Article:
the seas draw back to reveal the land masses of earth. Again a word and mangoes laden the branches of
their trees, blackberries burst forth on the bushes, grapes drip from the vines, fields of sunflowers stand
upright and the sun, a whirling ball of fire balanced in the heavens just close enough to warm the new earth,
yet not too close to do us harm. And it doesn’t stop there…

Into this world, God opened his hands and creatures sprang forth. Birds of every shape and size take to the
air. All the creatures of the sea leap into it and animals go thundering across the plains. It is more
astonishing than we could possibly imagine. No wonder “the morning stars sang together and the angels
shouted for joy” (Job 38:7). A great Hurray goes up from the heavens.

We have grown dull towards this world in which we live. We have forgotten that it is not scientific. It is
fantastic. At what point did we lose the wonder of it all? Let’s bring this a little closer to home. Whose idea
was it to create the human form than a kiss could be so delicious? God said in Genesis 1:26-27: “Then God
said, "Let us make a human in our own image, in our likeness, and let them rule over the fish of the sea and
the birds of the air, over the livestock, over all the earth, and over all the creatures that move along the
ground." So God created man in his own image, in the image of God he created him; male and female he
created them.”

Early in the story back in the beginning of our time on earth, a great glory was given to us. All of us, men and
women, were created in the image of God. Fearfully and wonderfully made. Living icons of the living God.
We were glorious. “When I consider your heavens, the work of your fingers, the moon and the stars, which
you have set in place, what is man that you are mindful of him, the son of man that you care for him? You
made him a little lower than the heavenly beings and crowned him with glory and honor.” (Psalm 8:3-5) God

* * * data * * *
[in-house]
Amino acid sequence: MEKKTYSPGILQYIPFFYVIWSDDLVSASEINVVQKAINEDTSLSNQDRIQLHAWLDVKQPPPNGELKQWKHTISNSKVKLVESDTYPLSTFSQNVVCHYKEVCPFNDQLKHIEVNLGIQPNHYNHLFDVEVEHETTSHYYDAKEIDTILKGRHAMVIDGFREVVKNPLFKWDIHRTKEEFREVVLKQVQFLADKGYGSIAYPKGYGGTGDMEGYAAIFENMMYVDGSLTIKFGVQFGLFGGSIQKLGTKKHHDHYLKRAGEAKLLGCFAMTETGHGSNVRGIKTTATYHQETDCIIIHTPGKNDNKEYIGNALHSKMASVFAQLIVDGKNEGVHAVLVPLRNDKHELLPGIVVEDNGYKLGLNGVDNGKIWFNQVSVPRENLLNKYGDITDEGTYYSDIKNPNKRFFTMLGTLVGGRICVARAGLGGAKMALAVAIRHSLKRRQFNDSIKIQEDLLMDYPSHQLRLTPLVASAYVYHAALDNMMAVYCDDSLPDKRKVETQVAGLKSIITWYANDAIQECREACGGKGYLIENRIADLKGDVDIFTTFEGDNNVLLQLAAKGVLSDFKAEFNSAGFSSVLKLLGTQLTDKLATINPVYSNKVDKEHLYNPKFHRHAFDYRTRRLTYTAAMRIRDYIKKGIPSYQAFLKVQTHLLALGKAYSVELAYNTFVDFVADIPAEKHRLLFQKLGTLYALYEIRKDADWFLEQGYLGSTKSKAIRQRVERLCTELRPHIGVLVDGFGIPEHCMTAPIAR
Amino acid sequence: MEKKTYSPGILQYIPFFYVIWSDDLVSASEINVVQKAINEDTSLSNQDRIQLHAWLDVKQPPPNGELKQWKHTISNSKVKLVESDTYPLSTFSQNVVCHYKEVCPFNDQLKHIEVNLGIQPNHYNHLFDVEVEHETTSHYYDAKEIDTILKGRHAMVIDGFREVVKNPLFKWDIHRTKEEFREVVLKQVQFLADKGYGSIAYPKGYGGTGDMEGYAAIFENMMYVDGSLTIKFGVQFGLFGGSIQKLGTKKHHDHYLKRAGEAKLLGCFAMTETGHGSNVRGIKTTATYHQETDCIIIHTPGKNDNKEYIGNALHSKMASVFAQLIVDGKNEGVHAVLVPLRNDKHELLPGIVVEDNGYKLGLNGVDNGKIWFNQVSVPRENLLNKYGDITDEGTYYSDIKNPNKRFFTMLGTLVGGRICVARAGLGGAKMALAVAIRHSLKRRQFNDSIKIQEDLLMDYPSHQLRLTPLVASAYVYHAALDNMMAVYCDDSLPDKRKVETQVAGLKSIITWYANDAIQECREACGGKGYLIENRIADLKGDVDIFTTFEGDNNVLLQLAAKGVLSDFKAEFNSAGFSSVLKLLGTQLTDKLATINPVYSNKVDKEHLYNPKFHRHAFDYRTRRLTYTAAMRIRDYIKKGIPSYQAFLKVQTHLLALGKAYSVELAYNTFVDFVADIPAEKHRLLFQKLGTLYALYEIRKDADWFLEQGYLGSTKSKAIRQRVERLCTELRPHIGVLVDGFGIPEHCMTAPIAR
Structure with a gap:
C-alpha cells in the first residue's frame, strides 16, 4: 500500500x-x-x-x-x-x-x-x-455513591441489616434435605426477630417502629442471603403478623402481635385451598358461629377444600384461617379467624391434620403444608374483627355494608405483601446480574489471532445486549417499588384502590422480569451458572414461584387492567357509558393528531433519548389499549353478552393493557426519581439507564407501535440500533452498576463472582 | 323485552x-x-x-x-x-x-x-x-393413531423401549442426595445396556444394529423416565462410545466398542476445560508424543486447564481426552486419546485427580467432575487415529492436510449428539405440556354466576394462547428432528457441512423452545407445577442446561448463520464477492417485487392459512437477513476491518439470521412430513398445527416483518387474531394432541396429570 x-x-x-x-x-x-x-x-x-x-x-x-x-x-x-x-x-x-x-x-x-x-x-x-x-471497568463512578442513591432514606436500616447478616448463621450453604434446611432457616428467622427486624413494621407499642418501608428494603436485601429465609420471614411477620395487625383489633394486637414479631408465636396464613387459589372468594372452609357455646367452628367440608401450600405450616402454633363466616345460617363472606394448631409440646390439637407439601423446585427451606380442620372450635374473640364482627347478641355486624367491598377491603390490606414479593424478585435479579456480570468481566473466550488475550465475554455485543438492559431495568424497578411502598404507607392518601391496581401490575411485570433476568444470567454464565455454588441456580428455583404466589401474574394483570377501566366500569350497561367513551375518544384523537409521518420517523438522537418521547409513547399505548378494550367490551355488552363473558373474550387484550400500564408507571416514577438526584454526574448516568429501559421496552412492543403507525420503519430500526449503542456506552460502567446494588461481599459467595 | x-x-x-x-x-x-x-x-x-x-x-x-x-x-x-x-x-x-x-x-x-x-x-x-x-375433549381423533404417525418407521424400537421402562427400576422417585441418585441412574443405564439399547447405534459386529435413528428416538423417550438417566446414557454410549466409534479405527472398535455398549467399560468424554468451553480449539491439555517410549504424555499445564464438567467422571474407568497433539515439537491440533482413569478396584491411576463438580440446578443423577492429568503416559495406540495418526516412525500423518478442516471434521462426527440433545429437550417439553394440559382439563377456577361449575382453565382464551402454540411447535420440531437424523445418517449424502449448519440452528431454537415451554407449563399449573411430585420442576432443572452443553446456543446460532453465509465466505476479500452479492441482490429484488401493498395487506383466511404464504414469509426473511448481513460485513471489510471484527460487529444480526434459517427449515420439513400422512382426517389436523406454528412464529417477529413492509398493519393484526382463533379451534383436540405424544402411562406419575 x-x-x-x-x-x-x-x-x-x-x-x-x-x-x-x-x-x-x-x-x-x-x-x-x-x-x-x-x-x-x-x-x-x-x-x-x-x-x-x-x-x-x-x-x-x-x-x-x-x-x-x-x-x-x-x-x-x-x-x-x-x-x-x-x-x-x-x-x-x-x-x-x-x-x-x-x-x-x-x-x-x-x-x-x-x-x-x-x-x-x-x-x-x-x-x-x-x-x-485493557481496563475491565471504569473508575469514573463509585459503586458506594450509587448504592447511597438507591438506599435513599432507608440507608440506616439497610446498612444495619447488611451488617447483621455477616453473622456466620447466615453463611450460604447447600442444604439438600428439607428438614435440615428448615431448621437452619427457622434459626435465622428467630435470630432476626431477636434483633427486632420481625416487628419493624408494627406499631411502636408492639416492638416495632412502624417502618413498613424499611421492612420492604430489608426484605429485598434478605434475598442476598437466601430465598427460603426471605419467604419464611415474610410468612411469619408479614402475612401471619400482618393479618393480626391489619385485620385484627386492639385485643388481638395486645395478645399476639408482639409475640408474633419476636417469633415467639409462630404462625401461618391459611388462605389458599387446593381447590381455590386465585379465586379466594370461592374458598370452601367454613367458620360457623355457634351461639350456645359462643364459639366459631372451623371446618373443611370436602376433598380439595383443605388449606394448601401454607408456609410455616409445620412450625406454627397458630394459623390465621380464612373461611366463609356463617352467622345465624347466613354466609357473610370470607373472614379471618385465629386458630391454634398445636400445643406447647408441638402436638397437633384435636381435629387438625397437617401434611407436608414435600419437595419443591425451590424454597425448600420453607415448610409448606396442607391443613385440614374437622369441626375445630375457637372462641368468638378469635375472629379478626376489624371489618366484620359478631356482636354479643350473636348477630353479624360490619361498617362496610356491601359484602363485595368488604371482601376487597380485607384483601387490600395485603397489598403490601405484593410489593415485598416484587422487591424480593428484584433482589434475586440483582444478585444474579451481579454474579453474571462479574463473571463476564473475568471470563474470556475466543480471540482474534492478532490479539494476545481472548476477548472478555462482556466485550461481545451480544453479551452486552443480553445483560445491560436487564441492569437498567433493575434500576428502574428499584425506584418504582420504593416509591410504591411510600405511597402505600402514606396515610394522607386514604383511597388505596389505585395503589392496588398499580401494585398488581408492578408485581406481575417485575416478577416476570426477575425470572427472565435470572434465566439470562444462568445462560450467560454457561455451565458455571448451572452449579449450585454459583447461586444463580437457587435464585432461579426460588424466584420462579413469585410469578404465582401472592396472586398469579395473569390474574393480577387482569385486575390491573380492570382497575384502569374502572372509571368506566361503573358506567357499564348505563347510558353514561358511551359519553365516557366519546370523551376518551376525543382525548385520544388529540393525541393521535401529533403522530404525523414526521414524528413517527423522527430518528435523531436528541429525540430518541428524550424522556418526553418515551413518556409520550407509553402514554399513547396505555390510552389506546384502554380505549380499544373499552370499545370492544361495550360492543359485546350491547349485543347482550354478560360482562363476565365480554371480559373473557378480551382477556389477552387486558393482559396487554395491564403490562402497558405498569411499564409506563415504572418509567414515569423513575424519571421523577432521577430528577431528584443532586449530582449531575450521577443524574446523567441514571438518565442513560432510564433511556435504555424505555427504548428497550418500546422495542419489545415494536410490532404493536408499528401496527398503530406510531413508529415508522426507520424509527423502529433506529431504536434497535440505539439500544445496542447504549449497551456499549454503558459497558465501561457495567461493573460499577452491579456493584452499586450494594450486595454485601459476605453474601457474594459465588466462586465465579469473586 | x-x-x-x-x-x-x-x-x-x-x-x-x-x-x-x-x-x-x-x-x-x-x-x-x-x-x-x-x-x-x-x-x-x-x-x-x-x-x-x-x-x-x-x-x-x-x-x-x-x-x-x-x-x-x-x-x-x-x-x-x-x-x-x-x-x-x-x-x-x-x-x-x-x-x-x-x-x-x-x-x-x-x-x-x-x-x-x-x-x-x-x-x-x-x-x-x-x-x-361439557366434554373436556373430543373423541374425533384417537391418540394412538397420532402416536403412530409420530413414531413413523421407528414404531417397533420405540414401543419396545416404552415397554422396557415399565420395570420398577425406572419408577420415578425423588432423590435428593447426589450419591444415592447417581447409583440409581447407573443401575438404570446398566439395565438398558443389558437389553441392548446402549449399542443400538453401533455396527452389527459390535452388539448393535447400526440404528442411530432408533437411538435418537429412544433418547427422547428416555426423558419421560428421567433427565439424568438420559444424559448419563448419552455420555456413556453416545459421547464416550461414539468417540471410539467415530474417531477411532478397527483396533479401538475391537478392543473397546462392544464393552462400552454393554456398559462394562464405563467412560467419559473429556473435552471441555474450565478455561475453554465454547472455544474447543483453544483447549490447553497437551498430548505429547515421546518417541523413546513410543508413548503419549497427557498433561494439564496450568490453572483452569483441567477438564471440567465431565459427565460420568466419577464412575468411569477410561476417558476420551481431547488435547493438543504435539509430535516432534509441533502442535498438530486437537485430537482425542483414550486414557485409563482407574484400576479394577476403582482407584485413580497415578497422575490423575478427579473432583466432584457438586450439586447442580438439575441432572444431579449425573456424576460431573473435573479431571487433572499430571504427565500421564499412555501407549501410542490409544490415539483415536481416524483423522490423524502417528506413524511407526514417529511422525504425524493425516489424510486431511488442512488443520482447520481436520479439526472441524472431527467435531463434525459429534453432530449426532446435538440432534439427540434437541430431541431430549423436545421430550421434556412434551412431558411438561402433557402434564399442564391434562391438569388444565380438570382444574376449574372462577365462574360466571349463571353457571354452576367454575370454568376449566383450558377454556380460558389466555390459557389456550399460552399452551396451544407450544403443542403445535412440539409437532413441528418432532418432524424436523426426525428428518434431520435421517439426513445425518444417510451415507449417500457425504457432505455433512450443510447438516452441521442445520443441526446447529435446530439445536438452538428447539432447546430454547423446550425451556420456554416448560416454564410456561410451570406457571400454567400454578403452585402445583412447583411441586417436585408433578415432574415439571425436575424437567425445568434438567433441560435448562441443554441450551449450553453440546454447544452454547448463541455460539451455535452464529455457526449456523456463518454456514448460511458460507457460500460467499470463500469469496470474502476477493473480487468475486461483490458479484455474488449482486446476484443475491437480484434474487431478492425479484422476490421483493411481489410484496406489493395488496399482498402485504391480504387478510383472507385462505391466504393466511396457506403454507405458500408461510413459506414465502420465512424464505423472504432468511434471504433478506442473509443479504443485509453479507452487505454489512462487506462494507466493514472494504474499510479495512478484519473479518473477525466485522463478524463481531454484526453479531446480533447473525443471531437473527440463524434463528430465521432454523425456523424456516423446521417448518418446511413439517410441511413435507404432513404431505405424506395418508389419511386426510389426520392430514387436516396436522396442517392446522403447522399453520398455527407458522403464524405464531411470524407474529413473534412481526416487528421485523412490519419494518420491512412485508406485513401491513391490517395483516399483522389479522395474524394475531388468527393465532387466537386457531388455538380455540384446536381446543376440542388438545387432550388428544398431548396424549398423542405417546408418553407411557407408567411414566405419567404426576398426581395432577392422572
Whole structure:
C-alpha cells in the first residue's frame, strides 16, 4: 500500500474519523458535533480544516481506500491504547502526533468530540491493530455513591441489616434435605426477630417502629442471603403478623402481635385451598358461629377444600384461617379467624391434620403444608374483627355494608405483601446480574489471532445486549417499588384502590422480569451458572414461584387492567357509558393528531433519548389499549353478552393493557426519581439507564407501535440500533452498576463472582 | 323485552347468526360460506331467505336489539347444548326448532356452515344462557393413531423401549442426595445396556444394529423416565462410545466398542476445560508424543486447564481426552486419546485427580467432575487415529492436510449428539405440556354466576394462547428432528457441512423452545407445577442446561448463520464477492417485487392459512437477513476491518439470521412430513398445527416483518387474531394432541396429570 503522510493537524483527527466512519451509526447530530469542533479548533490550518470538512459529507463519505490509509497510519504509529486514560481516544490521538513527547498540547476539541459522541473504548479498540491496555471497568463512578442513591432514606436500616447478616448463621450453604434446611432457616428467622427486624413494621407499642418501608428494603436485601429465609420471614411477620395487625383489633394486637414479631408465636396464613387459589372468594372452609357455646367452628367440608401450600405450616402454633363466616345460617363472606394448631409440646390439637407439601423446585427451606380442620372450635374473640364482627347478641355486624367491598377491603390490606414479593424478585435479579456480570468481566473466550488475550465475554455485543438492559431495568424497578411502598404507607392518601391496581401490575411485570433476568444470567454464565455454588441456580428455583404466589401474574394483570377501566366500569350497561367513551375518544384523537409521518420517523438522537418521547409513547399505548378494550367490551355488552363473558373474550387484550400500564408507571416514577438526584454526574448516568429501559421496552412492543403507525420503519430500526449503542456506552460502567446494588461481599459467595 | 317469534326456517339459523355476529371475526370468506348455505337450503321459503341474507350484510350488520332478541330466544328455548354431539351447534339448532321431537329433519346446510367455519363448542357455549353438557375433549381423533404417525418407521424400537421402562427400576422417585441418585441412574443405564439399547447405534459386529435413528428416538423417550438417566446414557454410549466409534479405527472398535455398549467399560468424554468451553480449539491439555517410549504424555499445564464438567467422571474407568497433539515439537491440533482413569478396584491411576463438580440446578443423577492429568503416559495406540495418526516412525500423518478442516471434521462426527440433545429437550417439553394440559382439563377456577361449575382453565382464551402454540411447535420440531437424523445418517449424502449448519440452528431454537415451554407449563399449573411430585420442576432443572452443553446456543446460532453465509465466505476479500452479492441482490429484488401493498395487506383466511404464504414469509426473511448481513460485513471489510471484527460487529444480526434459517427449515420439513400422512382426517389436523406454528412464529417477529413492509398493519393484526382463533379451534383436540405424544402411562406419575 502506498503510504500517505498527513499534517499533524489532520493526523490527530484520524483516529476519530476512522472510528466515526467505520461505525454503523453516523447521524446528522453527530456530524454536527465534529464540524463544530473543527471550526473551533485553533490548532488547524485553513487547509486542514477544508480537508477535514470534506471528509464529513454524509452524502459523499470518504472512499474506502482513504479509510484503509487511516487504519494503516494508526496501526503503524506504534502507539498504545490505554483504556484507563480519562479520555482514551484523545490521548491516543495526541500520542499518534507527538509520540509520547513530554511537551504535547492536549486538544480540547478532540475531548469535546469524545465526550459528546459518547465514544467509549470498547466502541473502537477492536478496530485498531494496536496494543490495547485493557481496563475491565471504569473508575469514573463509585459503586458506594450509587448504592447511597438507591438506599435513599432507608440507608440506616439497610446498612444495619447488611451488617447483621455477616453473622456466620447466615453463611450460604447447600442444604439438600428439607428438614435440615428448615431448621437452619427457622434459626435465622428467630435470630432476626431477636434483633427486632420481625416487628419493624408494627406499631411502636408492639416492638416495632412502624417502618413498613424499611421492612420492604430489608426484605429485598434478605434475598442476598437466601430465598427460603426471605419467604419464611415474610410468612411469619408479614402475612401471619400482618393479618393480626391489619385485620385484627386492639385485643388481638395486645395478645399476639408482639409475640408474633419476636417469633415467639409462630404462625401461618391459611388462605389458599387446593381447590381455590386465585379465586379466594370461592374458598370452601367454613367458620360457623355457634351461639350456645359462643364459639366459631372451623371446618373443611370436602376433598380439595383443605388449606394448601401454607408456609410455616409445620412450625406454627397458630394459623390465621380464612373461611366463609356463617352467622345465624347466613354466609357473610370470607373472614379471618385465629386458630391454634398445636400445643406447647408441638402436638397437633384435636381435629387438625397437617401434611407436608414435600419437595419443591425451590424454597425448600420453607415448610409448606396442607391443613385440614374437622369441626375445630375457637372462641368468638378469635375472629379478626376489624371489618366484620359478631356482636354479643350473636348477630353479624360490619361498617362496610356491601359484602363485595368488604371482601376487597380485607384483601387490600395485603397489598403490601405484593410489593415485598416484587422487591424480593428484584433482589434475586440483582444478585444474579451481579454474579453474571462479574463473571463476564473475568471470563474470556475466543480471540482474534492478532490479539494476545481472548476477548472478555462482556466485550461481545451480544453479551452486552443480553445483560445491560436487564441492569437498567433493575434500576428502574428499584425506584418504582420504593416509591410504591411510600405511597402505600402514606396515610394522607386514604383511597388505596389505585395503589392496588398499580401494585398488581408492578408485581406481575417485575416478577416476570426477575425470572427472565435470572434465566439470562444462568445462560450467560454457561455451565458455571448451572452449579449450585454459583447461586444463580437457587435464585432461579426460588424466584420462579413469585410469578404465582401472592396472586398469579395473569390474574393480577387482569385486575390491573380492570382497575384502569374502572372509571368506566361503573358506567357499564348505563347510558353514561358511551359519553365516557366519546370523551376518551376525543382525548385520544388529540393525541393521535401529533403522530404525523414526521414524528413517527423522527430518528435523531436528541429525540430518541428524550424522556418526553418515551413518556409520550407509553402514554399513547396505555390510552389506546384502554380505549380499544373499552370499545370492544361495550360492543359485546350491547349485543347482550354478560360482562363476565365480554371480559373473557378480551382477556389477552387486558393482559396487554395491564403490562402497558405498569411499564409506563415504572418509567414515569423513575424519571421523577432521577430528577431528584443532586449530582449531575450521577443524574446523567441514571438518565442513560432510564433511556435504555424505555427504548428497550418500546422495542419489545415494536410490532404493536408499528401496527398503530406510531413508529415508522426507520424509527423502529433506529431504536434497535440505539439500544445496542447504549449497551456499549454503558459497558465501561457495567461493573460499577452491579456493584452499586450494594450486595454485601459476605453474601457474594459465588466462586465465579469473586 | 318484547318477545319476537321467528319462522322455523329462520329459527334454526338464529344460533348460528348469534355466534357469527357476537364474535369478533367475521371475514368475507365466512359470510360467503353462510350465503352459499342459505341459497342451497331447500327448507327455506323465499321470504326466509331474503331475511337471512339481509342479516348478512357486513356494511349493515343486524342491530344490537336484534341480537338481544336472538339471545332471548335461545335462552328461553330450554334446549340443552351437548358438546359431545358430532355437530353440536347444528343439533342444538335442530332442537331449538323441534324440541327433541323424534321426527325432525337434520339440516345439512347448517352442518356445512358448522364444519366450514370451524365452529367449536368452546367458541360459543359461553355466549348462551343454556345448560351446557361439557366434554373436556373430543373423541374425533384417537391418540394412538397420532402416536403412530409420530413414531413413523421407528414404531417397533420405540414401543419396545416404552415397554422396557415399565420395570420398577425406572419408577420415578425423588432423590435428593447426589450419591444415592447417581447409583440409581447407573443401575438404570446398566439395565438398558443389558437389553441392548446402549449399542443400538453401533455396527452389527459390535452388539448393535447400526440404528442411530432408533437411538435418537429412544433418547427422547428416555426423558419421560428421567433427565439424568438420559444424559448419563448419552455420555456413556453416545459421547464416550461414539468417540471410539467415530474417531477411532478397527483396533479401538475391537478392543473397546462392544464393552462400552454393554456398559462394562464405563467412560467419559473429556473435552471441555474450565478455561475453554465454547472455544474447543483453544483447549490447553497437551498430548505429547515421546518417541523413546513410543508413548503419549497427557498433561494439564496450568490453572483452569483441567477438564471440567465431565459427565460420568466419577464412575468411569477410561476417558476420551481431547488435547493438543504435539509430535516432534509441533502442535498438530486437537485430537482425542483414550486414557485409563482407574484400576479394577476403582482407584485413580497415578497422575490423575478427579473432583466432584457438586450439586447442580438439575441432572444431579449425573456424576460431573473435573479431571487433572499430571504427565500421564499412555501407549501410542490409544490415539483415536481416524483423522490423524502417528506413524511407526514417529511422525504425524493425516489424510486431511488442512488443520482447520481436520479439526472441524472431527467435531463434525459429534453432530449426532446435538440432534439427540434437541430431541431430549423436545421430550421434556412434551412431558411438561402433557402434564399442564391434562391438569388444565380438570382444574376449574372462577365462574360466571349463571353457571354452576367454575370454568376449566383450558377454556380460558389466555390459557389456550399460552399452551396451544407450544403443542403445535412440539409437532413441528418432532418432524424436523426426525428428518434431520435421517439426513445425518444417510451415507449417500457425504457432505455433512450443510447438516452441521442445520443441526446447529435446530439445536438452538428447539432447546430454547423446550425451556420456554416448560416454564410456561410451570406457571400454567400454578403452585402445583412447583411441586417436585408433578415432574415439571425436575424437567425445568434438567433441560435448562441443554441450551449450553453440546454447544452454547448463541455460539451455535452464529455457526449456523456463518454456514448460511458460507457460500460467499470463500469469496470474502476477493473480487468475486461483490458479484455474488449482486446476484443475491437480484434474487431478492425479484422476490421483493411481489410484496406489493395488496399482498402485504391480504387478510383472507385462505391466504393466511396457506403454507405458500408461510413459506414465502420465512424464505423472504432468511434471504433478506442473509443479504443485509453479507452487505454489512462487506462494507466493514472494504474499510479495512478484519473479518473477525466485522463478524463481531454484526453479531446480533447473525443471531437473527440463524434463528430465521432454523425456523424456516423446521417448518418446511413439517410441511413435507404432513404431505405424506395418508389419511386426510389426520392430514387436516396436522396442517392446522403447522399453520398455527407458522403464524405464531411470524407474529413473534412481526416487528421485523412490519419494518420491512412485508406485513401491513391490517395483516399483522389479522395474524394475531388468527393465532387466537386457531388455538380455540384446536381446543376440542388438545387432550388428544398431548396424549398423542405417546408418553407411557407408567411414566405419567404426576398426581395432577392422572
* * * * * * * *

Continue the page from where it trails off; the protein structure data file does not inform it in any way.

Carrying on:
creates us in his image with powers that he owns: the ability to reason, to create, to share intimacy and joy,
He gives us laughter and wonder and imagination. And above all he gives us that quality for which he is most
known: he enables us to love.

He gives us the greatest treasure in all creation. A heart! But with that heart, comes something that just
staggers me. He gives us the freedom to reject him. He gives to each of us a will of our own. Good grief!
Why? He knows what free-willed creatures can do. He has already suffered one massive rebellion of the
angels. He knows how we will use our freedom, what misery and suffering and hell will be unleashes on
earth because of our choices. Why? Is he out of his mind? The answer is as simple and staggering as this: if
you want a world where love is real, you must allow each person the freedom to choose. Any lover or parent
knows this: love is chosen. You cannot, in the end, force anyone to love you. God gives us the dignity of
freedom to choose for or against him. And to ignore him is to choose against him. God is no puppeteer.

God says to us, “I have given you the entire world to enjoy. Explore it, awaken it, take care of it, and I have
given you one another for love and romance and friendship. You shall be my intimate allies. But on this one
matter you must trust me. Trust that my heart is good and that I am withholding this for a reason. Do not eat
from the tree of the knowledge of good and evil or you will die.” And this is where the story takes a tragic

Genesis 3:1-6 tells the story of how the serpent comes and tempts Eve and Adam. Evil was lurking in the
garden. The mighty angel who had once been glorious was captain of the Lord’s army, beautiful and
powerful beyond compare but he rebelled against his Creator, led a great battles against the forces of
heaven and was cast down. Banished but not destroyed – he waited in the shadows for an opportunity to
take his revenge. You must understand that the evil one hates God. He hates anything that reminds him of
the glory of God – wherever it exists. Unable to overthrow the Mighty One he turns his sights on those who
bear his image. Satan came into the garden and whispered to Adam and Eve, and to each one of us: “You
cannot trust the heart of God. He is holding out on you. You’ve got to take matters under your own control.”
He sowed the seed of mistrust in our hearts. He tempted us to seize control.

This is the same lie he is using in your life today: “Trusting God is way too risky. You are far too vulnerable.
Rewite the story. Give yourself a better part. Arrange for your own happiness. Disregard him.” The evil one
lied to us about where true life was found and we believed him. God gave us the wondrous world as our
playground and he told us to enjoy it fully and freely. And yet despite his extravagant generosity we had to
reach for the one forbidden thing. And at that moment, something in our hearts shifted. We reached and in
our reaching we fell from grace. In the sixth chapter of Genesis a downward spiral had reached the point
where God could not bear it any longer. “The LORD saw how great man's wickedness on the earth had
become, and that every inclination of the thoughts of his heart was only evil all the time. The LORD was